Haha! I have plenty of insight, thanks! More than I care to have on some days. I know I would rip my hair out if I got too much teen silliness in a book. I do remember what it is like to be young and stupid, but it doesn’t make it any more tolerable.

Sandy, LOL! I’m not looking forward to my boys becoming teens, but thankfully that is a long way off. I’m pleased that I don’t have to listen to teens gossiping in real life. I’m not sure I could take it for very long!

Stu, I didn’t realise there was a film of Morvern Caller – I think I’ll add it to my wishlist as I don’t think I want to read the book 🙂

I plan to start this one either today or in a few days. I’m looking forward to something different and a bit gritty in a modern way after The Long Song, and I think this one will fit the bill. I”m glad to hear the Scottish dialogue isn’t too difficult to follow. Thanks!

I used to have loads of problems reading British books written in middle to heavy dialect, just because I hadn’t lived in Britain before and didn’t have any auditory examples to compare it to. It makes such a difference. Hopefully I wouldn’t have issues with the Scottish, because you’ve made me quite curious.

(For the longest time I thought when British people said “giros” they were saying “gyros”, like the stuff you get at Greek & Lebanese places. It was very confusing.)

Jenny, It is almost impossible to follow most dialects if you haven’t heard them before – that is one benefit of watching foreign films 🙂

It is individual words that have an obscure meaning that pose the biggest problem. It is very frustrating when you can’t even find a definition online as the word is slang. I’m impressed that you know about giros (for claiming benefit) I’m sure that a lot of working British people don’t know what they are 🙂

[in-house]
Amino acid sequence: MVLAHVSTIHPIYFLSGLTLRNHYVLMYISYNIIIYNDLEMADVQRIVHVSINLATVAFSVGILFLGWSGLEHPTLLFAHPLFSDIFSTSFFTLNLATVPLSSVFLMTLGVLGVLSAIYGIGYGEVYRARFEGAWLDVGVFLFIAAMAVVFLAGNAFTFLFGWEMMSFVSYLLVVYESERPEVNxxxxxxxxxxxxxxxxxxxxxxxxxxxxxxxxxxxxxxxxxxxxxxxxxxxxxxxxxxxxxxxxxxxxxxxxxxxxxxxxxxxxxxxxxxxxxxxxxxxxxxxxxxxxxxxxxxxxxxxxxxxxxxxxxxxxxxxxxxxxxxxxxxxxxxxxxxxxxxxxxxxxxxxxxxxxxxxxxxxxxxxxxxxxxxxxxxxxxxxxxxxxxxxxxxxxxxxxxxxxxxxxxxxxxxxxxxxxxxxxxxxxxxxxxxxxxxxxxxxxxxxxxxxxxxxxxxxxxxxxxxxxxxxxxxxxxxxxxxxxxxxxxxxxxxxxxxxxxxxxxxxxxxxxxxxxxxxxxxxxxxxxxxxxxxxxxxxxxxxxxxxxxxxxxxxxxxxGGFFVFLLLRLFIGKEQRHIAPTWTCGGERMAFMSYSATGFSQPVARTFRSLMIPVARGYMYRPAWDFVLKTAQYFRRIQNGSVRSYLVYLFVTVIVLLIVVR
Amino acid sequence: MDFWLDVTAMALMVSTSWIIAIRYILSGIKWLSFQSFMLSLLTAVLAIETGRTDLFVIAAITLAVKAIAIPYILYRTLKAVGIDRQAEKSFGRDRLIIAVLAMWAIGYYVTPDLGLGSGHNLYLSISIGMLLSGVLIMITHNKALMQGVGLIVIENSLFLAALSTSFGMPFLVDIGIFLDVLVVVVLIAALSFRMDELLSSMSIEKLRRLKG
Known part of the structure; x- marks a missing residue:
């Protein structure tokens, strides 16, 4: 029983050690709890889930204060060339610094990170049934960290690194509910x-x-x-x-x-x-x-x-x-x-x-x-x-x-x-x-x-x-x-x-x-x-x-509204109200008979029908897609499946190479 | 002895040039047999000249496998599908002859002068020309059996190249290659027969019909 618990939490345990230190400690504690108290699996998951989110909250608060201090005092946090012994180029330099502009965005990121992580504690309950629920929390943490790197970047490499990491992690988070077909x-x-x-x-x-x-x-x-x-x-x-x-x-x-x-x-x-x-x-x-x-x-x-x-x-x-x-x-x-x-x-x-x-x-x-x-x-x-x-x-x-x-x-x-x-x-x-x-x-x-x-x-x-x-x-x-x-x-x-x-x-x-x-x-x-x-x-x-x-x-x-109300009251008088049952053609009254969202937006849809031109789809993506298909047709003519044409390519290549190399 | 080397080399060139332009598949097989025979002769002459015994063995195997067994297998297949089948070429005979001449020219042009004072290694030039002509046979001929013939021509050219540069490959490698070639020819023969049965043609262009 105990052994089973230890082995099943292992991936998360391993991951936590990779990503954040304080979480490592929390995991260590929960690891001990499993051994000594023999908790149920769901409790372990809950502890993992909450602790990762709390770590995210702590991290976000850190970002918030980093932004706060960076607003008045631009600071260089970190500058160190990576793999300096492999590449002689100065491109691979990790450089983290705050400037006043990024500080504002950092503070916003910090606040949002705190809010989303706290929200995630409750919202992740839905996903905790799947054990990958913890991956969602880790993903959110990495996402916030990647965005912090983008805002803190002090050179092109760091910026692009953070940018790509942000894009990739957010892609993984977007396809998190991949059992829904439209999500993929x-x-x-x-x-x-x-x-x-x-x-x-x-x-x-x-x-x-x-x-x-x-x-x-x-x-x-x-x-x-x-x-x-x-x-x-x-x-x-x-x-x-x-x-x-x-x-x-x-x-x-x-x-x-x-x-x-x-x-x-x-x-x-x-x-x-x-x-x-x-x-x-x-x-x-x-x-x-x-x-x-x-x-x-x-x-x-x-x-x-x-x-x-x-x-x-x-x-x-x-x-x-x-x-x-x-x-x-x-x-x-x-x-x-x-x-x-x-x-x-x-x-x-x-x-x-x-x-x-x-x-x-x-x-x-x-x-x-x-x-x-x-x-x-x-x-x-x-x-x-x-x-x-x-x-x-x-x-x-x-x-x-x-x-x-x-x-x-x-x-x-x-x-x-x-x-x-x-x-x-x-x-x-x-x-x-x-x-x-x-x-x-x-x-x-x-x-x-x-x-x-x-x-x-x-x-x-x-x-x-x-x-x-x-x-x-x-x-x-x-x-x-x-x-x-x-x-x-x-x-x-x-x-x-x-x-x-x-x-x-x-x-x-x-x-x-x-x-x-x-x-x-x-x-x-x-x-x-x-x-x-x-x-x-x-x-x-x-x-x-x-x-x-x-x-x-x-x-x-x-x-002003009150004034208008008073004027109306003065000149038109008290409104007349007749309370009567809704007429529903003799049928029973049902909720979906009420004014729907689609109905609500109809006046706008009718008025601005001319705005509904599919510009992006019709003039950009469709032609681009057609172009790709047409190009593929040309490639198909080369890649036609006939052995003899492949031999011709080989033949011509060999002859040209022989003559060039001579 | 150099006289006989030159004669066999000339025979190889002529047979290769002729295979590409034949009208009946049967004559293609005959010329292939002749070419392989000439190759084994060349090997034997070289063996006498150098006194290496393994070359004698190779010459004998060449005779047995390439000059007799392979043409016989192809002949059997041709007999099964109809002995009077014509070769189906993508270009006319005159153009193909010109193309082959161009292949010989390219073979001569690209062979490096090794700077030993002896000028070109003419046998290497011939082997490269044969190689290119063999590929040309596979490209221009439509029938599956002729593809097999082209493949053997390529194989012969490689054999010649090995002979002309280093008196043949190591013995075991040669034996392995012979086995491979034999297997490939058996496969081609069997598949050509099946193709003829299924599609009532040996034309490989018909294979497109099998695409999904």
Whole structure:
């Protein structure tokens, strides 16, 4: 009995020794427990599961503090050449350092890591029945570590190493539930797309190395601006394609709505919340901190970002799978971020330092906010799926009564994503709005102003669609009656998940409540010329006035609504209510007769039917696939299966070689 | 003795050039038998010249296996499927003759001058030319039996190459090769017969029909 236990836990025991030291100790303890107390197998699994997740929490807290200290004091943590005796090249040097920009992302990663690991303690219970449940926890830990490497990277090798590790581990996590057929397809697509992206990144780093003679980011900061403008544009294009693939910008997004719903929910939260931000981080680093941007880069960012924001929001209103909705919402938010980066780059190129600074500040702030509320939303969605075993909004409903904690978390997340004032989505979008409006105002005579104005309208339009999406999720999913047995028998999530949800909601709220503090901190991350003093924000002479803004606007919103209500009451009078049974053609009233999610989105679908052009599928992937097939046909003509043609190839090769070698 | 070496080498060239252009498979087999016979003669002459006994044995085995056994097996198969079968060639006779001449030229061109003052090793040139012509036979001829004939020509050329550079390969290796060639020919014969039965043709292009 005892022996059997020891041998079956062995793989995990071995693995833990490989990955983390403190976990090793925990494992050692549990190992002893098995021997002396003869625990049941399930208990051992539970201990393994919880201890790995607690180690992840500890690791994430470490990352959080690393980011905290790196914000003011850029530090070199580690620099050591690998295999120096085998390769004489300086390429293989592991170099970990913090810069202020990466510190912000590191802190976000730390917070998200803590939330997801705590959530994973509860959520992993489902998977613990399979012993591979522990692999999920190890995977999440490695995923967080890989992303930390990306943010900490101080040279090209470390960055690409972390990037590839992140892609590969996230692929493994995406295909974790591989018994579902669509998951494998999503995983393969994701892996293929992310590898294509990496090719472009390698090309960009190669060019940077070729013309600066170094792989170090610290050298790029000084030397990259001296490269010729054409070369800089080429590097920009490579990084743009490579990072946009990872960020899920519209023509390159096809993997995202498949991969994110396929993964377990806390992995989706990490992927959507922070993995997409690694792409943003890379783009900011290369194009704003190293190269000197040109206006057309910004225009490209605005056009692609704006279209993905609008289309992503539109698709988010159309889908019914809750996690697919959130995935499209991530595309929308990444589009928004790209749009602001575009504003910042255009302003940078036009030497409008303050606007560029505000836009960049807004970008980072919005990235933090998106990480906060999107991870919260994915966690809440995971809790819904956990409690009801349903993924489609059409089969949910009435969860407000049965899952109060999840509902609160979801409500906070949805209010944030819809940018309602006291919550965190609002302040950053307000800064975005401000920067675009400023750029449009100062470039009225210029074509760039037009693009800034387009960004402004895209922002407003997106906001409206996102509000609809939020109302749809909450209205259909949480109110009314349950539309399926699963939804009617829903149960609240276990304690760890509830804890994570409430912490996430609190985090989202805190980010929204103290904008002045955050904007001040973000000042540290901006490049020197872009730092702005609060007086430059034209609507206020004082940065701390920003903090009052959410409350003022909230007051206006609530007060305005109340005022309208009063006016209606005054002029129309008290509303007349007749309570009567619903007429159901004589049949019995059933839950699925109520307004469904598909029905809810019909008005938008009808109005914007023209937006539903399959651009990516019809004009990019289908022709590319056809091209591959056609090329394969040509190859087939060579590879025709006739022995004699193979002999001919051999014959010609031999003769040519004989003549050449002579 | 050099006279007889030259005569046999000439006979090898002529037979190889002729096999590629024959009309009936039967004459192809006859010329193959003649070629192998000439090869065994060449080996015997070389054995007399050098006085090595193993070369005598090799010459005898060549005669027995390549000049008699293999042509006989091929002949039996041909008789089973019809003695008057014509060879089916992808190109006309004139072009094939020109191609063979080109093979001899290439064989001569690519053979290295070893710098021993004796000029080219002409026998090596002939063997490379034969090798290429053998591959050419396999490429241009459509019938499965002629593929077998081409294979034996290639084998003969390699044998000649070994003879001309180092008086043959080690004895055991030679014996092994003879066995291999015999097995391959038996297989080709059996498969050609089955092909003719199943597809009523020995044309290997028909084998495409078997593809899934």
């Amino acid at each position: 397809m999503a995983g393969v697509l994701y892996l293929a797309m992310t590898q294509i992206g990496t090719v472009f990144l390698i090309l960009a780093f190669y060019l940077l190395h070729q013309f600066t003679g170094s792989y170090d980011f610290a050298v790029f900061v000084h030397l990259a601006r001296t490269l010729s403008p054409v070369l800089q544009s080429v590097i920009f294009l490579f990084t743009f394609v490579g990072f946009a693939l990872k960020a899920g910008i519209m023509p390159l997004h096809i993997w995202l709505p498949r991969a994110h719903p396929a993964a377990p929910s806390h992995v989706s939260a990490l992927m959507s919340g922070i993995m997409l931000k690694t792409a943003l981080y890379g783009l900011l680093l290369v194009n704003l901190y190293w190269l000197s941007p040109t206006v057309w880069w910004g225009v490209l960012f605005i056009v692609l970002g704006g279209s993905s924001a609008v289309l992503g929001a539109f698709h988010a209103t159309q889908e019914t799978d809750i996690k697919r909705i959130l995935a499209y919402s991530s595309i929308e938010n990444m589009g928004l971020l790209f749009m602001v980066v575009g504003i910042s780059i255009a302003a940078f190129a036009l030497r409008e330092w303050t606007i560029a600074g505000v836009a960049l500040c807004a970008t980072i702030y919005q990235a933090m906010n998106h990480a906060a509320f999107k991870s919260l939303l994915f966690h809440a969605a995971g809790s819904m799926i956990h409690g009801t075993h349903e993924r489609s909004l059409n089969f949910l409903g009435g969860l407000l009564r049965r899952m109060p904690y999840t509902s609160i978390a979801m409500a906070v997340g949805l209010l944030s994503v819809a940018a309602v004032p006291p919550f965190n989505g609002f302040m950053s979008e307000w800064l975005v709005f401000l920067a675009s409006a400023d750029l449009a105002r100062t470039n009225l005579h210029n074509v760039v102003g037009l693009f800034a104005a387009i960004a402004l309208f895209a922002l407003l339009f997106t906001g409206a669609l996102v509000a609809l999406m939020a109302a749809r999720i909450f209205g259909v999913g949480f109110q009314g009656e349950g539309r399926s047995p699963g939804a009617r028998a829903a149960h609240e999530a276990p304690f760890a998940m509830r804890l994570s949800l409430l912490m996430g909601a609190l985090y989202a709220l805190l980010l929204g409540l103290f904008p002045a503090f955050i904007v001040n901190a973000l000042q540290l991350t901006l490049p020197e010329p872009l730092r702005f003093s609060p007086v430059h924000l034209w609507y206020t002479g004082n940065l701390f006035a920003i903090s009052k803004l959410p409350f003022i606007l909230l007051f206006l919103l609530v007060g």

I don’t think I’ve ever eated a gyros – I need to find Greek restaurant!

It’s also hard if a word isn’t slang but is elided in a way you weren’t expecting. When I was in Britain I did a class on American literature (it was interesting to get it from y’all’s perspective!), and the rest of the class had a terrible time with Zora Neale Hurston. They kept coming up to me furtively to inquire what things like “finna” meant (“fixing to” = “about to”). :p

Yikes, I don’t really like the passage you shared above. I often have problem with dialect and Scottish IMO is one of the hardest! The inclusion of The Stars in the Bright Sky in the Booker longlist has probably confused me the most. The premise sounds juvenile and it sounds like a YA book. I’m sure it has some merits to be included, so I look forward to what you think of it!

mee, I sometimes find a strong Scottish accent difficult to understand in real life, but on paper I can normally follow it.

The subject matter of the books is quite juvenile, but I’d never describe the books as YA (although I’m sure teenagers would enjoy reading them and passing them around to laugh at certain rude passages!) The writing is of a high quality so I can see why it was included. Being able to imitate teenagers so accurately is a real skill.

I don’t think I can handle the silly teenage girl stuff. I suppose I might have been one once but it is a dim memory. The whole gossip thing would be more than I could take!